Thursday, December 31, 2009


We all have a tendency once in a while to look in the wrong direction. You know, to see our glass as half empty instead of half full.

Last October our son, Reid was in the Neuro Science Intensive Care Unit at a nearby hospital. He had a large mass in his chest and a tumor in his spinal canal. I was devastated. They wanted to operate as quickly as possible because he was already numb from the chest down from the spinal cord compression. In fact, the surgery was scheduled and then canceled by the anesthesiologist due to concerns that when they turned him over to operate the mass in his chest cavity would make it impossible for them to keep him breathing during surgery. Finally, a couple of days later it was decided that benefit outweighed risk and they had to get the tumor out before he lost more feeling in his body. Surgery went forward successfully with a lot of extra care by anesthesiology.

During that time I would arrive in intensive care and walk back to Reid's room with a heavy heart. There was still no diagnosis, but we knew that cancer was a very real possibility. Reid was often taken out of his room for various tests and procedures and observed the patients in other rooms. One day when I arrived he told me that he had decided he was probably the luckiest person in intensive care. I was shocked, but I think I recovered before he noticed. Lucky? Numb from the chest down with a spinal canal tumor and mass of unknown origin didn't exactly sound very lucky to me, but I hadn't been paying too much attention to the other patients either. He had been, and when I looked around I saw what he saw. There were people on ventilators, people obviously recovering from head injuries or brain surgery, and people totally unresponsive. Perhaps he was correct, but the most important thing was that he saw himself as lucky in the middle of a crisis. He could have been drowning in self pity, but he chose to look in another direction instead. His glass was half full.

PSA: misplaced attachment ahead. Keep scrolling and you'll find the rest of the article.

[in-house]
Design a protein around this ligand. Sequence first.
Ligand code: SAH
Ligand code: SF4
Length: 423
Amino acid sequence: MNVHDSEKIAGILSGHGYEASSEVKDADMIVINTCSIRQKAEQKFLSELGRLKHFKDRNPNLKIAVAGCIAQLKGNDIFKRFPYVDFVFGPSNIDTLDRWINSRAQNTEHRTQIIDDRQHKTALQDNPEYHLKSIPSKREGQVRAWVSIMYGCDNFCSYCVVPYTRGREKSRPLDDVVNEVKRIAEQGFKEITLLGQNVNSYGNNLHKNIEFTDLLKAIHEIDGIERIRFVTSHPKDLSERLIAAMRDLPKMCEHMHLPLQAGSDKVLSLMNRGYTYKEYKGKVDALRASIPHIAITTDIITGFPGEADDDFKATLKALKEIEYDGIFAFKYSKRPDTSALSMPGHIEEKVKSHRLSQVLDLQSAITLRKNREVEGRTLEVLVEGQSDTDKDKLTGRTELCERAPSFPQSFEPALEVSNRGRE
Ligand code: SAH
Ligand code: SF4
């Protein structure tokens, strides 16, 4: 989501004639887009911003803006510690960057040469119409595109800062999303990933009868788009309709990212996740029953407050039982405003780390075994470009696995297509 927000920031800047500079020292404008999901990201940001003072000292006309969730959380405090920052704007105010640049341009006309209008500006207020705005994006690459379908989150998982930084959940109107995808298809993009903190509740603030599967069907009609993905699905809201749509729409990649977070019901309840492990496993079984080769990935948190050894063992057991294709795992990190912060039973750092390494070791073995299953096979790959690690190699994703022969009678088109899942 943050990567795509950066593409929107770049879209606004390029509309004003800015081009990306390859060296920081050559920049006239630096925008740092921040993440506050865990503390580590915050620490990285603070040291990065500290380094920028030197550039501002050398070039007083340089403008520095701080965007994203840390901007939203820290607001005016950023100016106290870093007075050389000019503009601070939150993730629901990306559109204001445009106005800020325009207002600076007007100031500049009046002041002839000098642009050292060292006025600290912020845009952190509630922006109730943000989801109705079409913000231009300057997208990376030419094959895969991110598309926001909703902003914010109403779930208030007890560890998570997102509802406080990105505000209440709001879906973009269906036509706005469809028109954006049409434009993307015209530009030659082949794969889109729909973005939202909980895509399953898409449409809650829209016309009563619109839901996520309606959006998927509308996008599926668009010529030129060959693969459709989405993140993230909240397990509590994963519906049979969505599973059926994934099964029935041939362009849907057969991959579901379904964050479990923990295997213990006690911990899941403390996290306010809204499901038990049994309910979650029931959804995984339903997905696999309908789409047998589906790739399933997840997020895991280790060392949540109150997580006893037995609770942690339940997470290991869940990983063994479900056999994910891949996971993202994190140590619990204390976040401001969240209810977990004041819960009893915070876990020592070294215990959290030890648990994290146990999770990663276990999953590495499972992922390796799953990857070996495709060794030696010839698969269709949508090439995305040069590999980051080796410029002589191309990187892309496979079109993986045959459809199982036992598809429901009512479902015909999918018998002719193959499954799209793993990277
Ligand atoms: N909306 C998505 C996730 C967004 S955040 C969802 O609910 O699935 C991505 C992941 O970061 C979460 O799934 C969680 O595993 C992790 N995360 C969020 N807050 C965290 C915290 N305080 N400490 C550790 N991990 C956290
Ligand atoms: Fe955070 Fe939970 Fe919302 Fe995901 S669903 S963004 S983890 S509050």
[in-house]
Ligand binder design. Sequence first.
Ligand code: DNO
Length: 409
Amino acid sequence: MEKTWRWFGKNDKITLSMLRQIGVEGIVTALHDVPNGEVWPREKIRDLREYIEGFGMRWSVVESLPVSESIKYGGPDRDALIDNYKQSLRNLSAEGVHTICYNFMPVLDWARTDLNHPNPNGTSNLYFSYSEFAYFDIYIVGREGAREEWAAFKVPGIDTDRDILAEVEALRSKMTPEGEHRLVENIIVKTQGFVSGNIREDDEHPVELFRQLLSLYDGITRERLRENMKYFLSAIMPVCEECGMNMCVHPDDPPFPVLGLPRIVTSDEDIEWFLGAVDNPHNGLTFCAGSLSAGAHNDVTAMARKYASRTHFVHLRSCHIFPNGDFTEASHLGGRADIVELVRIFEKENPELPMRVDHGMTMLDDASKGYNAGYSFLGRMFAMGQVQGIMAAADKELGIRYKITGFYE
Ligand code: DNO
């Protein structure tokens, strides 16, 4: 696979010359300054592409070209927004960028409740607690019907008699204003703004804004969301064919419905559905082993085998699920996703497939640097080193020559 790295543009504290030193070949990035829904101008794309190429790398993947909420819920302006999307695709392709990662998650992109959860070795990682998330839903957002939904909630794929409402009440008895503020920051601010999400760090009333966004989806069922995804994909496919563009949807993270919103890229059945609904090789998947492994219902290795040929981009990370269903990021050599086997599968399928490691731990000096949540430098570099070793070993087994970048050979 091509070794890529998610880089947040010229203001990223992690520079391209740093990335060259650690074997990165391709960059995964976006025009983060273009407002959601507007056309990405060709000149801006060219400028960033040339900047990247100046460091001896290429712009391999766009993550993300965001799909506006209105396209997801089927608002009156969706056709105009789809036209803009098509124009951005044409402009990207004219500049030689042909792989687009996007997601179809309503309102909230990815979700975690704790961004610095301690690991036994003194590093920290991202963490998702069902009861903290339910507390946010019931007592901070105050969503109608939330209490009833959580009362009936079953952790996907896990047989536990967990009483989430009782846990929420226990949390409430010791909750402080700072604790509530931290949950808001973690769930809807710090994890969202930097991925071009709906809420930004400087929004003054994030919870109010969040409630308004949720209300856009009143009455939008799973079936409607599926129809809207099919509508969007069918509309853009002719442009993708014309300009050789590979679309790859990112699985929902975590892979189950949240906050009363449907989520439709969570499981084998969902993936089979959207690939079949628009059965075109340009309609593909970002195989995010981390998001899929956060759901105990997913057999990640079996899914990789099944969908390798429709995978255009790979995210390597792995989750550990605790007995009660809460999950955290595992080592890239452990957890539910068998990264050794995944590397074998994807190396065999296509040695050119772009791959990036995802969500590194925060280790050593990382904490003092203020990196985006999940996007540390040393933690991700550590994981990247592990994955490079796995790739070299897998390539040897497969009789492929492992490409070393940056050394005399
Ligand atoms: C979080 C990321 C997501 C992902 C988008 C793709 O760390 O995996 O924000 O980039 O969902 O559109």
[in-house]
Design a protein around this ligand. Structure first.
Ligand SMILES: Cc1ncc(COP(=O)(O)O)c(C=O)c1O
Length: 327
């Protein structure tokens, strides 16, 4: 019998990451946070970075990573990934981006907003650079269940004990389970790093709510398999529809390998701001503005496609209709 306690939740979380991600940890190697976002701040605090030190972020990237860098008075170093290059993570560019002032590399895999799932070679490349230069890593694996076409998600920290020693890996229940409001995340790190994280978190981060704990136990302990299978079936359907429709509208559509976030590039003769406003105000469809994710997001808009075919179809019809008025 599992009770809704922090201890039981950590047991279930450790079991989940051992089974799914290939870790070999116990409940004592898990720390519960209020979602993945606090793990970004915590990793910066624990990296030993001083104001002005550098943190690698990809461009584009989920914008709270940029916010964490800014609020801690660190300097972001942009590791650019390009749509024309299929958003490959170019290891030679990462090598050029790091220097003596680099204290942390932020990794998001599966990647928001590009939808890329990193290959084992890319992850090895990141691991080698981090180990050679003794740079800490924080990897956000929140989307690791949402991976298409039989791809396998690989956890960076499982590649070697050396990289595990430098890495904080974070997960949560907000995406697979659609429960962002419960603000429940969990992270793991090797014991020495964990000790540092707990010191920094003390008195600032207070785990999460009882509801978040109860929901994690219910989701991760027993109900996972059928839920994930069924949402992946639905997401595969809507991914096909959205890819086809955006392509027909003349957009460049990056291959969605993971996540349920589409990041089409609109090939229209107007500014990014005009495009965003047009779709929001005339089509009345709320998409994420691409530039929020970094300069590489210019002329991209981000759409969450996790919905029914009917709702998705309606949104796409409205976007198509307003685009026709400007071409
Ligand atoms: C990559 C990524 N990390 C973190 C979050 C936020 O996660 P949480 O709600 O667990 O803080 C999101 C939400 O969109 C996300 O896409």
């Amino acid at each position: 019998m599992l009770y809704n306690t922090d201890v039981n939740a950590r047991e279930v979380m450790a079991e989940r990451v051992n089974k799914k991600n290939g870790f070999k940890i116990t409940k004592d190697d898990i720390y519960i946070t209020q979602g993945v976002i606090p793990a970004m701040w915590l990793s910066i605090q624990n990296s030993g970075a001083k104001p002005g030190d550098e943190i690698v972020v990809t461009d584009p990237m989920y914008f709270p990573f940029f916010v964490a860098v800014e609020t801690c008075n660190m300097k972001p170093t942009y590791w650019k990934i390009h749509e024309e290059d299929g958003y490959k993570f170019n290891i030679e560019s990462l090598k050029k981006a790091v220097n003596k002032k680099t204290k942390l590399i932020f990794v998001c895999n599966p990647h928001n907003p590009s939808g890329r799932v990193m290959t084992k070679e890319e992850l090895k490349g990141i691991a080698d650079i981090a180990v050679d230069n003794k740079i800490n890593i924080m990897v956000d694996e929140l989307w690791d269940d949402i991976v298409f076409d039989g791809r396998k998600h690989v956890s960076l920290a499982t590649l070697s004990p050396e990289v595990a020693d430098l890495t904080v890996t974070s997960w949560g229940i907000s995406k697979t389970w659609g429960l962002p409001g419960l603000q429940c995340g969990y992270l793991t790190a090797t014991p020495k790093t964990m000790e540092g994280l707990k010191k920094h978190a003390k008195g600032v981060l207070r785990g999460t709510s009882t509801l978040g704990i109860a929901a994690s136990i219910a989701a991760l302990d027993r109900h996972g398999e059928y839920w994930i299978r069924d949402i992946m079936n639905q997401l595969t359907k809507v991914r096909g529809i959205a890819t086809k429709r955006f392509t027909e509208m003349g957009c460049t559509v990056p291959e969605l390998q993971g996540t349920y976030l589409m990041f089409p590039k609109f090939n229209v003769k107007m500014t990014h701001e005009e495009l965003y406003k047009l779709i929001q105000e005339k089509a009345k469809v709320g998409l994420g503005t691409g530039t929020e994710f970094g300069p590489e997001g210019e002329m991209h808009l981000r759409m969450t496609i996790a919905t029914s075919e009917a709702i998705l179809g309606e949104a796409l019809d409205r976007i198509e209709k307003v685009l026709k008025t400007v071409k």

He's now completed two rounds of chemo (4 treatments) and I asked him this past week if he ever felt sorry for himself. Did he ever think why me? Chemo is certainly no fun. He usually ends up feeling crappy for a week afterwards and has at least four more rounds to go. And along with the chemo there's the risk of complications down the road. He will likely have radiation after the chemo. He told me no, not since the very first day at the emergency clinic when he realized that something was seriously wrong. After that he just concerned himself with getting well. He says he knows there are people a lot worse off than him. I truly believe that his "glass half full" attitude will take him far in the coming year.

In the year 2010 may all our glasses be half full!


  1. That is truly beautiful, Betty. What a remarkable, upbeat attitude he has, and how wonderful the empathy he has for the other patients. Bet it will be a good year for you and your family in 2010.

  2. Oh Betty what an amazing son you have!! You should be downright proud of that guy as I know you are. Prayers going up for a great new year!!

  3. Betty, How lucky in many ways you are to have this young man as your son...with his postive attitude and his concern for others, I know he will recover and have a happy life. I will say prayers for him, you and your family.

    Happ New Year and best wishes for a great 2010.

  4. Your son is one of the most amazing people I have read about in a long, long time. I have always thought of my glass as more than half full but if I was faced with his problems - well, I don't know how I'd react or feel.

    People look at weight lifters and football players and believe they are seeing men of incredible strength. Not even close. Men like your son are the ones who have strength and are the men that we should be showing to our young boys saying, "...this man is strong."

  5. Beautifully written and a lesson for us all, Betty. Wishing you and your wonderful son all the best in the New Year.


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